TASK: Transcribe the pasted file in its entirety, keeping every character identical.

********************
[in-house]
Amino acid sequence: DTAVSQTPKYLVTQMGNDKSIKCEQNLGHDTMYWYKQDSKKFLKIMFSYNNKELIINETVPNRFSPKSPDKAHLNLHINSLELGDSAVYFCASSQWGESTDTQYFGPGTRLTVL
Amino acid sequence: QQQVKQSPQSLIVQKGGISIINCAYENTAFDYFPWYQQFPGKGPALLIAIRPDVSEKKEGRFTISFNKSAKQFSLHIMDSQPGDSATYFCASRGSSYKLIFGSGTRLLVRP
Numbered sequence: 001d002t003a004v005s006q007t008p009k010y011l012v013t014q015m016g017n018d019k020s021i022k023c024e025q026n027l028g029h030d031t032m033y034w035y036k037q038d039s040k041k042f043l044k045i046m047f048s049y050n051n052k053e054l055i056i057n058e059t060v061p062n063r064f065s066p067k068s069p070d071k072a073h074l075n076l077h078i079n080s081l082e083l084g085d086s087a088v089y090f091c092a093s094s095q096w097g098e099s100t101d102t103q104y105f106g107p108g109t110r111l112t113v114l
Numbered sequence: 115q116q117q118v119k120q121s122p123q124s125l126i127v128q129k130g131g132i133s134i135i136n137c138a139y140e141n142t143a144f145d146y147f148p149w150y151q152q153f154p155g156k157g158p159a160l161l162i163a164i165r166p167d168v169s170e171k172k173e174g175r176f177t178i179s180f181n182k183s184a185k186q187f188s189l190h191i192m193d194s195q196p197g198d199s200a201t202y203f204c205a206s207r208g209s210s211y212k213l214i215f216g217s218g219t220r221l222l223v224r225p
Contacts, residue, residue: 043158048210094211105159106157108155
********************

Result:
[in-house]
Amino acid sequence: DTAVSQTPKYLVTQMGNDKSIKCEQNLGHDTMYWYKQDSKKFLKIMFSYNNKELIINETVPNRFSPKSPDKAHLNLHINSLELGDSAVYFCASSQWGESTDTQYFGPGTRLTVL
Amino acid sequence: QQQVKQSPQSLIVQKGGISIINCAYENTAFDYFPWYQQFPGKGPALLIAIRPDVSEKKEGRFTISFNKSAKQFSLHIMDSQPGDSATYFCASRGSSYKLIFGSGTRLLVRP
Numbered sequence: 001d002t003a004v005s006q007t008p009k010y011l012v013t014q015m016g017n018d019k020s021i022k023c024e025q026n027l028g029h030d031t032m033y034w035y036k037q038d039s040k041k042f043l044k045i046m047f048s049y050n051n052k053e054l055i056i057n058e059t060v061p062n063r064f065s066p067k068s069p070d071k072a073h074l075n076l077h078i079n080s081l082e083l084g085d086s087a088v089y090f091c092a093s094s095q096w097g098e099s100t101d102t103q104y105f106g107p108g109t110r111l112t113v114l
Numbered sequence: 115q116q117q118v119k120q121s122p123q124s125l126i127v128q129k130g131g132i133s134i135i136n137c138a139y140e141n142t143a144f145d146y147f148p149w150y151q152q153f154p155g156k157g158p159a160l161l162i163a164i165r166p167d168v169s170e171k172k173e174g175r176f177t178i179s180f181n182k183s184a185k186q187f188s189l190h191i192m193d194s195q196p197g198d199s200a201t202y203f204c205a206s207r208g209s210s211y212k213l214i215f216g217s218g219t220r221l222l223v224r225p
Contacts, residue, residue: 043158048210094211105159106157108155